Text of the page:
Short blocks go a long way toward explaining why some streets really work

No matter how impressive One Bloor condos might be, the obliteration of Roy's Square to make way for them will cost Toronto. //BriColeUrbanism photo, by way of Flickr.

This item was first posted at City Builder Book Club, where you’ll find lots of great posts about chapters from Jane Jacobs’s 1961 classic, The Death and Life of Great American Cities. Visit and read, and get out and walk. Go on a Jane’s Walk http://citybuilderbookclub.org/2012/03/stephen-wickens-on-the-need-for-small-blocks/

By STEPHEN WICKENS

Apart from a brief post at Torontoist, the erasure of Roy’s Square for the 1 Bloor condos went unmourned. And two stops down the Yonge subway, the Aura condos rise, snuffing hopes of those who cared that a block of Hayter Street was shut in 1978.

The Death and Life of Great American Cities has been around 50 years and Jane Jacobs has been gone more than five, but ‘The need for short blocks’, the second of her four conditions indispensable for generating diversity, remains overlooked.

On Condition 4, density, converts abound, though understanding is often dangerously simplistic. It’s tough to gauge how we fare on No. 3, but mingling buildings of different ages is widely discussed. As for No. 1, land-use mixes, there has been progress, though it will remain limited till people really get the crucial differences between primary and secondary uses.

Short blocks, alas, tend to be viewed as insignificant if noticed at all. It’s no surprise that one-offs such as Roy’s Square are forgotten. But multiplied over a city or a metropolitan area, and the absence or loss of short blocks undercuts street life and economic viability. Implications are lasting and hard to correct.

Rudimentary maps of New York's West 80s help illustrate why increasing opportunities for pedestrians to turn corners increases the number of viable business locations.

In Chapter 9, “The Need For Small Blocks,” Jacobs combines common sense, basic observation and rudimentary maps of streets in Manhattan’s West 80s, between Central Park and Columbus Avenue, to illustrate how longer blocks isolate pedestrians, limiting their options and leaving many streets “stagnant backwaters.”

“The supply of feasible spots for commerce rises considerably” when street grids increase chances for pedestrians to turn corners. Even slight variations in sidewalk traffic will make or break nascent enterprises, so it’s easy to see how seemingly minor changes to street patterns trigger virtuous and vicious cycles.

The chapter, the book’s shortest at just nine pages, explains a mystery that baffled New Yorkers after street-deadening elevated rail lines were removed from 3rd Avenue and 6th Avenue. On the West Side, where the blocks were long, the move had little effect. On the East, with its short blocks, revitalization erupted.

Of course, cities are complex and organic, so it’s foolish to consider conditions in isolation, something Jacobs reminded me of in a 2005 discussion on block-length effects in Toronto.

Referring to the underperforming Sheppard subway, she decried local media’s fixation with the new residential density along the line. “A few tall buildings don’t constitute healthy urban form. Even near the stations, people aren’t walking in large numbers,” she said, pointing out that land uses remain separated and there aren’t enough primary uses attracting people.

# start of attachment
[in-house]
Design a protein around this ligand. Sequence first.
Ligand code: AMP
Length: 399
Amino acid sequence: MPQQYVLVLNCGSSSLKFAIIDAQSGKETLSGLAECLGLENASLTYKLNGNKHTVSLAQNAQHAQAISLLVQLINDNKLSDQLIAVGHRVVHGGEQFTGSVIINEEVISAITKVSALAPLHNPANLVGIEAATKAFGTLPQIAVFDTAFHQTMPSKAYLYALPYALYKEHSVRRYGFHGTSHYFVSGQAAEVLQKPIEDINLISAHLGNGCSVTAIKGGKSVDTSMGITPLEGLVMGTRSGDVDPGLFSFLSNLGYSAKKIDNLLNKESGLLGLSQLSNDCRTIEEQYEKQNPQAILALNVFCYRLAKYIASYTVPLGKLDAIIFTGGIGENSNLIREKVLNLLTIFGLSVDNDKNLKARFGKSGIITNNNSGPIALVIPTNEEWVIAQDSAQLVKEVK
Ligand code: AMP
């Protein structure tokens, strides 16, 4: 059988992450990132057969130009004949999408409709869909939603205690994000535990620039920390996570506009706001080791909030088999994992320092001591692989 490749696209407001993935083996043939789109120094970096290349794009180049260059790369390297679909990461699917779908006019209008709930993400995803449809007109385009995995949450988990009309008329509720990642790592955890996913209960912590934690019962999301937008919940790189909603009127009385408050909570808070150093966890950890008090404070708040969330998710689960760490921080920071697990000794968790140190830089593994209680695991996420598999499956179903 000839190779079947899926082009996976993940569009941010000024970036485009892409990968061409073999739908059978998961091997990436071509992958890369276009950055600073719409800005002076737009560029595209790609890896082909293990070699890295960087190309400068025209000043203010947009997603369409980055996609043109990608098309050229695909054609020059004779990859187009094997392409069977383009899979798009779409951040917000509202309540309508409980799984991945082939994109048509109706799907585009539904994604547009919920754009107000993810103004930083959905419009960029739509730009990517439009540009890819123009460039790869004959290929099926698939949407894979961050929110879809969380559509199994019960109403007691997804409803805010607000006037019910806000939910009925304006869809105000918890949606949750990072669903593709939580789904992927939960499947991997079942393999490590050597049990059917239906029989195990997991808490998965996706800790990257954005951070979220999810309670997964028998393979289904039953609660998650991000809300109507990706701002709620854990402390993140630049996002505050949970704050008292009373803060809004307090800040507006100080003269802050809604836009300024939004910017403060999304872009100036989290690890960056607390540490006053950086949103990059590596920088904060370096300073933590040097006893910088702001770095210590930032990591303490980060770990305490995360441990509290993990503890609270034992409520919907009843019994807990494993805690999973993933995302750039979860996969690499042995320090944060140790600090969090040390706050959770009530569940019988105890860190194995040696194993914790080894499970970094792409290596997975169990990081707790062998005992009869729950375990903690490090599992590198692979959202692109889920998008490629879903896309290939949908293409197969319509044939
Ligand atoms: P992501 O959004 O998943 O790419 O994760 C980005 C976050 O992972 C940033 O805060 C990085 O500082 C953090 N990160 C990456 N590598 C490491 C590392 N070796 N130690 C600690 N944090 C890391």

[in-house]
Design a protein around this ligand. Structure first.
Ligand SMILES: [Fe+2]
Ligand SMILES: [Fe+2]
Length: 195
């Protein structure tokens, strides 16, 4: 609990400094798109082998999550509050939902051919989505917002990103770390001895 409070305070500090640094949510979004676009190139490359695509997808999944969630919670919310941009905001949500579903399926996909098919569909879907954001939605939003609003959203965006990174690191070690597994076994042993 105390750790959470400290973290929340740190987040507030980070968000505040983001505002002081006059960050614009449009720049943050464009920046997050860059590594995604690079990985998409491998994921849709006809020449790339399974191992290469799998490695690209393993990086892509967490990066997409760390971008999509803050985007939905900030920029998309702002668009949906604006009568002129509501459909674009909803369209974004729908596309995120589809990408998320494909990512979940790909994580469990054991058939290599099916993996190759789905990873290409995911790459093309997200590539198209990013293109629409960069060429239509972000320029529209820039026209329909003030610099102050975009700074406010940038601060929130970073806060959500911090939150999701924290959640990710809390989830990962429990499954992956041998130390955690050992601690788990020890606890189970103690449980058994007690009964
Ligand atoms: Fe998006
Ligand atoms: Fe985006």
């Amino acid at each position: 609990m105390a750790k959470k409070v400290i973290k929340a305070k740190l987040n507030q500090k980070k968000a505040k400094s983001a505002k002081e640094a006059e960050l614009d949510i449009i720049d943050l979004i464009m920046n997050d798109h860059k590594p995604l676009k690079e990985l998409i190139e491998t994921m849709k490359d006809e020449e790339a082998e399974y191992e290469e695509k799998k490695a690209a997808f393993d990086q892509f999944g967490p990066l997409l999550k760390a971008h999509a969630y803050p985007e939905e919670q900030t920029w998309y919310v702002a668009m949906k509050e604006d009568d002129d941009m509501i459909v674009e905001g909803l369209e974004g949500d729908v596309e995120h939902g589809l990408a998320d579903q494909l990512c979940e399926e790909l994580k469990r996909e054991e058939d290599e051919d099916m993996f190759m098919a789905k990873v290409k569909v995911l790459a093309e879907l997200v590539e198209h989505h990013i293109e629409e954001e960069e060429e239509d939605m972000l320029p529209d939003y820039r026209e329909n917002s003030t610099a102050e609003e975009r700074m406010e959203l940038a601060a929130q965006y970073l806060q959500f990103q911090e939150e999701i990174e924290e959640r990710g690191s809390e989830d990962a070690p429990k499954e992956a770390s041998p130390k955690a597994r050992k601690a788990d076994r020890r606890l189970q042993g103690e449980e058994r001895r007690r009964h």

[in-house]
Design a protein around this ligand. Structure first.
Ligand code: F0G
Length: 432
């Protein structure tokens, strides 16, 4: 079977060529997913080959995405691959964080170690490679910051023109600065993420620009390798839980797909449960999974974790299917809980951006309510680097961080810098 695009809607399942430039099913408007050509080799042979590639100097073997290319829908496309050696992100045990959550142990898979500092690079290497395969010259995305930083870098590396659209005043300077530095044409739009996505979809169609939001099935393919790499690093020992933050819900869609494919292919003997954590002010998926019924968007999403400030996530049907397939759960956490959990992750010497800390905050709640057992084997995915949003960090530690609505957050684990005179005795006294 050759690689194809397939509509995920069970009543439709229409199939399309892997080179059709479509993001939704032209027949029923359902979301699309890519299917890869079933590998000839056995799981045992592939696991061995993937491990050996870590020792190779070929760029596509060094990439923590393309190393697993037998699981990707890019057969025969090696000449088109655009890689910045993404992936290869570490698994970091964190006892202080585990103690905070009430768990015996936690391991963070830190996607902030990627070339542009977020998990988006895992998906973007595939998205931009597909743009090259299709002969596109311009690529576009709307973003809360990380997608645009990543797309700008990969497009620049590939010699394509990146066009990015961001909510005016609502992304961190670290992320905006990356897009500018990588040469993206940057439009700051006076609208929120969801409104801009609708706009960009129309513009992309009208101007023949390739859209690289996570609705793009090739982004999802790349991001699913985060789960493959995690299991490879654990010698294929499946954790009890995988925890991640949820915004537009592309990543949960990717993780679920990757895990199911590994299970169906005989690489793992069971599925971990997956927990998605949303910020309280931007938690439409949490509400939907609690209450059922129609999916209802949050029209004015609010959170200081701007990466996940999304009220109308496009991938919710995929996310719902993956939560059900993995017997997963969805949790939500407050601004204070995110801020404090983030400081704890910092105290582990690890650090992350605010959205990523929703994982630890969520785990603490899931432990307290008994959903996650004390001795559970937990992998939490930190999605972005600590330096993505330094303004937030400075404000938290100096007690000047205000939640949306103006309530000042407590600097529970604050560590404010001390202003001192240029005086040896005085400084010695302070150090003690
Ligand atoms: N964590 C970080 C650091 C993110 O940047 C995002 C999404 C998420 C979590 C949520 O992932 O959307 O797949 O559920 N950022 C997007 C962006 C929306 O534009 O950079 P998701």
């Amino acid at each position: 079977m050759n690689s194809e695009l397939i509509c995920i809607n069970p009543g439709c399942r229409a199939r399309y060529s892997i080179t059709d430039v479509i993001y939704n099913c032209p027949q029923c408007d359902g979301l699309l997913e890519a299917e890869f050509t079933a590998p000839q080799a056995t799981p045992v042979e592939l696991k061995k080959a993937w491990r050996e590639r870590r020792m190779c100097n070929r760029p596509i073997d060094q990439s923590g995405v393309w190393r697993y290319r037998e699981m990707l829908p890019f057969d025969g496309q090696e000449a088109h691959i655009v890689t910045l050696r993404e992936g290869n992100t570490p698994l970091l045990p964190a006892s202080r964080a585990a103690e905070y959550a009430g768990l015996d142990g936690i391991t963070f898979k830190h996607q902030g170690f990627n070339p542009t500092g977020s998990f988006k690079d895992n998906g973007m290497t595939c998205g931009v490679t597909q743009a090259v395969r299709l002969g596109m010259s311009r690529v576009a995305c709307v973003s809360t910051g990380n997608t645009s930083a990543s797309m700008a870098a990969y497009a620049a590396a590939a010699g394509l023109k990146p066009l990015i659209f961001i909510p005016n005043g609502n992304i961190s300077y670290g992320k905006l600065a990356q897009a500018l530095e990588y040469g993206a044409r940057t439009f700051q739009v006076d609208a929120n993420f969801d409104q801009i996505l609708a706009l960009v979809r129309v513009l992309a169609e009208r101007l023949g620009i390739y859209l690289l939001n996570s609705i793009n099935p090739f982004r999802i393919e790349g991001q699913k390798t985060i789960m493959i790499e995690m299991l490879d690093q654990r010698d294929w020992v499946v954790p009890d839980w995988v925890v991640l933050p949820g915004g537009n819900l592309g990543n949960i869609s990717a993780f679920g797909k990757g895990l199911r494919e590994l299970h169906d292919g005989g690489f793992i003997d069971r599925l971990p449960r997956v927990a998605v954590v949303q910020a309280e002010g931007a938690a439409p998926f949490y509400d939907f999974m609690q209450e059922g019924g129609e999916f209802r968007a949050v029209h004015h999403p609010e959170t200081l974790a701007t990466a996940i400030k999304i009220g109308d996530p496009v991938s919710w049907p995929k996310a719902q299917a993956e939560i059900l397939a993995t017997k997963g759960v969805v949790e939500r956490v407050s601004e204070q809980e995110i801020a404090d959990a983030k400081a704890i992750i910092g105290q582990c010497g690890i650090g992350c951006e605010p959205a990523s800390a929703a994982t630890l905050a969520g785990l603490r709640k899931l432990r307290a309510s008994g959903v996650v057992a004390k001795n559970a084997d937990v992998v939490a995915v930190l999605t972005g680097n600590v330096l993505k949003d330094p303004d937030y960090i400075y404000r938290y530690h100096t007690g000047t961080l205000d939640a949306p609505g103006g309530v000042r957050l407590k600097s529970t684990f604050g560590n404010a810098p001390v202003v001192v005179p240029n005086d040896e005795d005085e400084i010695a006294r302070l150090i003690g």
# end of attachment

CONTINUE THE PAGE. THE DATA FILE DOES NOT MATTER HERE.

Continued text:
Furthermore, because the area can’t provide a real mix of building ages for generations, she said it’s doubly essential the other diversity generators be present. “As long as the blocks are long, you can be sure the area will be off-putting for pedestrians and, for the most part, economically barren,” she said. “Density in the absence of short blocks is usually trouble.”

Regarding Danforth Avenue east of Pape, Jacobs indicated that those who noticed the area’s decline as car ownership grew and after subway replaced the streetcar in 1966, tend to overestimate transportation’s role. “If this is like typical blue-collar neighbourhoods from the early 20th century, you’ll find there was significant loss of industry after the war,” she said. “These losses devastated the area’s primary-use mix.”

Most Danforth blocks west of Pape can be walked at an easy pace in less than a minute. The first block east on the south side takes four minutes, so it's no surprise that the street life dies off.

Then, after a warning about how misleading maps can be, she said my quest to understand the Danforth’s split personality should “start with a good, scaled map; compare block lengths.”

Sure enough, the things she identified in New York apply here. To the west of Pape Ave., in Greektown, where businesses and sidewalks thrive, it takes less than a minute to walk most blocks at an easy pace. Sometimes 45 seconds will do.

The first south-side block east of Pape is unbroken all the way to Jones Avenue and takes nearly four minutes to walk. The long-block east-west streets to the south have little real connection the Danforth. And all through the areas further east, often called the “Other Danforth,” where a “blight of dullness” arises, long blocks dominate at least one side of the street until the rail corridor veers close enough to do further damage by truncating neighbourhoods to the south.

From Roy’s Square, to the Danforth, to New York, Europe and beyond, the role of vitality’s four generators is universal. But while we often add density and mixes of uses, and we sometimes let our buildings age, we rarely add streets and shorten blocks.

It troubled Jacobs to the end.

The best way to thank her for explaining this crucial detail, which was hidden in plain view all along, is to ensure we leave as many small blocks as possible to our descendants.

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